Whither evolution? By Bill Kirton
Apparently, we need to change our ideas about what constitutes refinement. I say this because of something I read in a recent (or maybe not) newspaper item. First, though, when I write the word ‘Neanderthal’ what springs to mind? My guess is that it’ll be creatures of indeterminate gender with no foreheads who sit in caves grunting and tearing raw meat from bones with their prognathous jaws. Perhaps now and then, one will stand, rise to his (this one’s a male) full height of 4 feet 10, club a neighbouring creature (this one will be a female) and drag her off to procreate. My apologies to any of you whose preferred vision is of noble savages sitting around a fire listening to their equivalent of Brahms.
Bizarrely, though, it seems that the Brahms faction’s version may be nearer the truth than that of the rest of us because some anthropologists have suggested that Neanderthals wore make-up. (For information about the absence of sources for my data and/or references, see previous blogs under ‘laziness’). Not only that, they also made bracelets and necklaces. For me this is a welcome discovery because something about illustrations of Neanderthals going about their business has always puzzled me. We see them sitting among their scraps of meat and discarded bones looking, frankly, not unlike unreconstructed apes. There’s no sign of a shower cubicle in the recesses of the cave, no primitive IKEA shelves, not even any dishes to put on them. And yet, and yet … they’ve taken the trouble to fashion things resembling skirts out of animal skins, which they then tie around their waists!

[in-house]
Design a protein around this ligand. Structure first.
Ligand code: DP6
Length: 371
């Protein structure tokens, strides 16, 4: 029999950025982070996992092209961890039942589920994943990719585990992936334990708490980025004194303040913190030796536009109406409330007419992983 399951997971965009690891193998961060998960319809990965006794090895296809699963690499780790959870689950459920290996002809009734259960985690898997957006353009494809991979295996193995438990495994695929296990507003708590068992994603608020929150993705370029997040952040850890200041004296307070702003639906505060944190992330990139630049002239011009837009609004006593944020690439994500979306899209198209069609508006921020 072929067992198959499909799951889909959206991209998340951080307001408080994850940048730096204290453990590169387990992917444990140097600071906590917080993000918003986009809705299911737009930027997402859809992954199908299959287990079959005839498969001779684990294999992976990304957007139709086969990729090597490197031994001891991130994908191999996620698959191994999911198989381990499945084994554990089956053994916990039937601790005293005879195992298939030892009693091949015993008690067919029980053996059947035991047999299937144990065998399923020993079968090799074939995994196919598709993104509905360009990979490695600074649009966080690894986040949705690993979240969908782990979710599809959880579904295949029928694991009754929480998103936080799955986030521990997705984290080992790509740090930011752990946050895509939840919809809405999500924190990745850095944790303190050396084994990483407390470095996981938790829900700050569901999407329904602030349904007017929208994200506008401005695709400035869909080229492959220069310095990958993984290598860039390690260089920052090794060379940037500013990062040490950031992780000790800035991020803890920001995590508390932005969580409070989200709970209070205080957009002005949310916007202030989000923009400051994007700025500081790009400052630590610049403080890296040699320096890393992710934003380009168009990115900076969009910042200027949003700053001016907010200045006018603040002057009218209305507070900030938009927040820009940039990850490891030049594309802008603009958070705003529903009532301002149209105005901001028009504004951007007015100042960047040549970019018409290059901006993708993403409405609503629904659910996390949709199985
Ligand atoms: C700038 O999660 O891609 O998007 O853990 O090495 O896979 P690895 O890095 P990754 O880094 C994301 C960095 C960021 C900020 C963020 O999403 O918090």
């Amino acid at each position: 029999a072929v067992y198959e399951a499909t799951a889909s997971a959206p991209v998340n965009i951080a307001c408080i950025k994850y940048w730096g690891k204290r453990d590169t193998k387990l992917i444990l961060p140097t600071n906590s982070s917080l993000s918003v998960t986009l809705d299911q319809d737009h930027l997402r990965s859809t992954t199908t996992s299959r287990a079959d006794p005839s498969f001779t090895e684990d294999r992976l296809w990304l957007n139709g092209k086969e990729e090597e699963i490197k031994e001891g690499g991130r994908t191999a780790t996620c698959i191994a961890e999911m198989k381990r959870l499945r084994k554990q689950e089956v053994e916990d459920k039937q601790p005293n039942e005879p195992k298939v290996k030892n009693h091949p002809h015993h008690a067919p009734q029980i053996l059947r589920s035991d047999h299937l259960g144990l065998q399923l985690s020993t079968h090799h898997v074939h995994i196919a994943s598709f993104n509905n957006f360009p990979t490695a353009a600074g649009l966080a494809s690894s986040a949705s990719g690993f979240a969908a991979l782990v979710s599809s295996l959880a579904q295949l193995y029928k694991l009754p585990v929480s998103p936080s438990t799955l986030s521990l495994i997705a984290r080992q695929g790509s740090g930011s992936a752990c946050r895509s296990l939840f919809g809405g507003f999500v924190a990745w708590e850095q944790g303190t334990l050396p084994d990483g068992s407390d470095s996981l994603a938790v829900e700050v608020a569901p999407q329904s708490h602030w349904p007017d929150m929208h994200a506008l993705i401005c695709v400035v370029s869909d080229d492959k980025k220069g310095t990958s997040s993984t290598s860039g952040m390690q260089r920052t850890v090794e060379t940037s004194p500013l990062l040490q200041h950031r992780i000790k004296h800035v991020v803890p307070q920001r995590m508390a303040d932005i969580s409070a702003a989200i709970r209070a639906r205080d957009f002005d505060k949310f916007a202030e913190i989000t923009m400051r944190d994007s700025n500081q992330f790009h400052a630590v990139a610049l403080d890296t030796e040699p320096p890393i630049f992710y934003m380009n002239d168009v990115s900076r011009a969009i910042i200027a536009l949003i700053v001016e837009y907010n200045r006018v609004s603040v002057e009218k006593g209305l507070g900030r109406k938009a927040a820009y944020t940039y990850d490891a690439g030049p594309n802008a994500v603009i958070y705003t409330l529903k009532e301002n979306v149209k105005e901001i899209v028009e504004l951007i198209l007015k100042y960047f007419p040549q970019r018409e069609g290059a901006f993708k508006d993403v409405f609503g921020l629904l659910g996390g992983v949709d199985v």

Did they have a rudimentary Bible which told them that, once Adam bit the apple, he was aware of his nakedness and covered it up? Why does someone content to eat raw meat and show affection by clubbing his woman feel embarrassed about his genitalia? Was the obsession about size already a factor? To me, it’s always been a disturbing riddle, a profound mystery simmering insolubly in our past.
Well, now we know. If they wore make-up, they must have been more self-aware than we imagined up until now. They cared about their appearance because (as the journalist probably noted in his article) ‘they were worth it’. All homo sapiens did was daub graffiti on his walls, but Neanderthals decorated themselves, they were proud of their appearance. So pre-history will have to be rewritten and, consequently, our notions of our own evolutionary origins must be modified. Look at today’s TV, our celebrities, our icons – for the most part they consist of appearances. I don’t mean appearing at openings of galleries, first nights at the opera or red carpet premieres, I mean they are what they look like – largely beautiful, painted, constructed creatures, wrapped in luscious fabrics. The only possible conclusion, then, is that if not all, then quite a lot of us are not descendants of homo sapiens.
And the more one follows this line of argument the more obviously true it becomes. The careful combination of brutishness and giving precedence to appearance throws a much brighter light on most recent political activity. From back when those (in retrospect) exemplary figures, Bush and Blair, indulged in mutual grooming at Camp David to the contrived coiffures which decorate their most recent successors, the precedence of appearance over reality is blatant. The club is still preferred to reasoned debate and as long as things look right, they ARE right. For those of us who were despairing of ever seeing the desired perfectibility of humankind, we can stop worrying – we were looking in the wrong direction. We descend from The Neanderthals.